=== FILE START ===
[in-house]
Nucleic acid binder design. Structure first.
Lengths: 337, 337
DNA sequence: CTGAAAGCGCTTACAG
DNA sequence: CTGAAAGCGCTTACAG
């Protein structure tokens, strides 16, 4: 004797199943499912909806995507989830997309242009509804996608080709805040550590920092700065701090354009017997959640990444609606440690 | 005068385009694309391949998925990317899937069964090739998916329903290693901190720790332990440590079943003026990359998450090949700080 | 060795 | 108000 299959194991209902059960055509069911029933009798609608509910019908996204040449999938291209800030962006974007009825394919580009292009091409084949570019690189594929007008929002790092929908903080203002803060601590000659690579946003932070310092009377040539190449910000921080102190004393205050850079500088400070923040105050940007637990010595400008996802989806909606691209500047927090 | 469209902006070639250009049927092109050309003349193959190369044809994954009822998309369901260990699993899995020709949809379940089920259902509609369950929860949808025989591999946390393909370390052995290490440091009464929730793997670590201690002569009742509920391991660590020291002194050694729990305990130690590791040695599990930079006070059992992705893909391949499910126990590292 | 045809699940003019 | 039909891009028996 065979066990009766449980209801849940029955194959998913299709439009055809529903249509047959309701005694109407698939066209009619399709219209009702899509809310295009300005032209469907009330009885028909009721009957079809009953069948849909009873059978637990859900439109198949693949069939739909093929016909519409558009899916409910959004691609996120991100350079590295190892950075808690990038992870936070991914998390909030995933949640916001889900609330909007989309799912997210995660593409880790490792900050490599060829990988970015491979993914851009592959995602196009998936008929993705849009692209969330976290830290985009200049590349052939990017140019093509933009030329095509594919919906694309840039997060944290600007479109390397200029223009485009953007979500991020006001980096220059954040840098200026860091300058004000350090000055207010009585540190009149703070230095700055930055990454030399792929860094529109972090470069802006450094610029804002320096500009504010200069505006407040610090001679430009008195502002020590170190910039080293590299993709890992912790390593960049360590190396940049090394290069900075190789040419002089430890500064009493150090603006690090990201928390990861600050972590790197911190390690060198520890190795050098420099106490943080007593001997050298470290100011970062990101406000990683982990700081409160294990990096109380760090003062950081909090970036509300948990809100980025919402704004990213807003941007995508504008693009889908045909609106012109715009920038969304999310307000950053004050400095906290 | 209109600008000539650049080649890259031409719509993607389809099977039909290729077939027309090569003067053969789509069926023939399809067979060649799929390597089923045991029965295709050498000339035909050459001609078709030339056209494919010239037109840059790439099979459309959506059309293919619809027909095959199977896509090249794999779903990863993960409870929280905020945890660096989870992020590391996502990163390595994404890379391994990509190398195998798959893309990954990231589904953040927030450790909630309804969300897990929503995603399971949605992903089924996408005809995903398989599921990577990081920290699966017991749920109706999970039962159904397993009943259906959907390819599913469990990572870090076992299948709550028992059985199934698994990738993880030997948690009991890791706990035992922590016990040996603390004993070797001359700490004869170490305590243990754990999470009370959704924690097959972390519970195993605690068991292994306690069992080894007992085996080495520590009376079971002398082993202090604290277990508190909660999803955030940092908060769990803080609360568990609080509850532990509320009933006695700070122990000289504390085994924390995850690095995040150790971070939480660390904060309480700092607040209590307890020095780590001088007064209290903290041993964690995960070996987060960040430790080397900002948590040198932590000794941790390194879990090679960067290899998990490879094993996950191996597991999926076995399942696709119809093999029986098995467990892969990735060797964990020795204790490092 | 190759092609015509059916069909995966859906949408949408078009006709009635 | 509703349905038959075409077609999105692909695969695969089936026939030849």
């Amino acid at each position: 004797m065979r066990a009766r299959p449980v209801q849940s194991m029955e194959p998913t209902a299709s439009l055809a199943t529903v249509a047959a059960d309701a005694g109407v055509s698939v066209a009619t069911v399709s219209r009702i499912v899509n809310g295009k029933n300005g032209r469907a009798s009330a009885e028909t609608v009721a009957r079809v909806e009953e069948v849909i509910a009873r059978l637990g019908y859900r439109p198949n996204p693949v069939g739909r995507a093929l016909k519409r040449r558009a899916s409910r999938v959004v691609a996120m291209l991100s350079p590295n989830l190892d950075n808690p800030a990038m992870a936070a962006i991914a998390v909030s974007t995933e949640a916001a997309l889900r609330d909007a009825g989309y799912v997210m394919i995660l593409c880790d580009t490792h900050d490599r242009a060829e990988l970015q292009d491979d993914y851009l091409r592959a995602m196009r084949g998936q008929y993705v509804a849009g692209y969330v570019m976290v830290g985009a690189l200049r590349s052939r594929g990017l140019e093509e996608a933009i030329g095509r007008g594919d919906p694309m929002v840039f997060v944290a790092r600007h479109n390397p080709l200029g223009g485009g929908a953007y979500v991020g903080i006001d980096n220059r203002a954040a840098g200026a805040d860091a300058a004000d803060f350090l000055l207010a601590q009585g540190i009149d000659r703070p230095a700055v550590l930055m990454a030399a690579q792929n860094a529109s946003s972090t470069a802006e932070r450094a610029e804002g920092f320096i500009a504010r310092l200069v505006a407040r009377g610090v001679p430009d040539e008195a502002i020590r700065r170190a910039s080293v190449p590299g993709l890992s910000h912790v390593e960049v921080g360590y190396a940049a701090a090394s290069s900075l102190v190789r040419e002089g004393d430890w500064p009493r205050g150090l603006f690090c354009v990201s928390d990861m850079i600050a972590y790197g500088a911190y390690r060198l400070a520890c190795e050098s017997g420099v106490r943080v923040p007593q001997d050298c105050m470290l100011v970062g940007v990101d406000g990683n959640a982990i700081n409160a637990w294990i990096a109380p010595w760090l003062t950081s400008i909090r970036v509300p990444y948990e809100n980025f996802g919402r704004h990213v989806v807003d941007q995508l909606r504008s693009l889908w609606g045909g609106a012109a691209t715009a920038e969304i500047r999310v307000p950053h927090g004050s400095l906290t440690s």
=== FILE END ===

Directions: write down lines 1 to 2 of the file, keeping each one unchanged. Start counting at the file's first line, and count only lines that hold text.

[in-house]
Nucleic acid binder design. Structure first.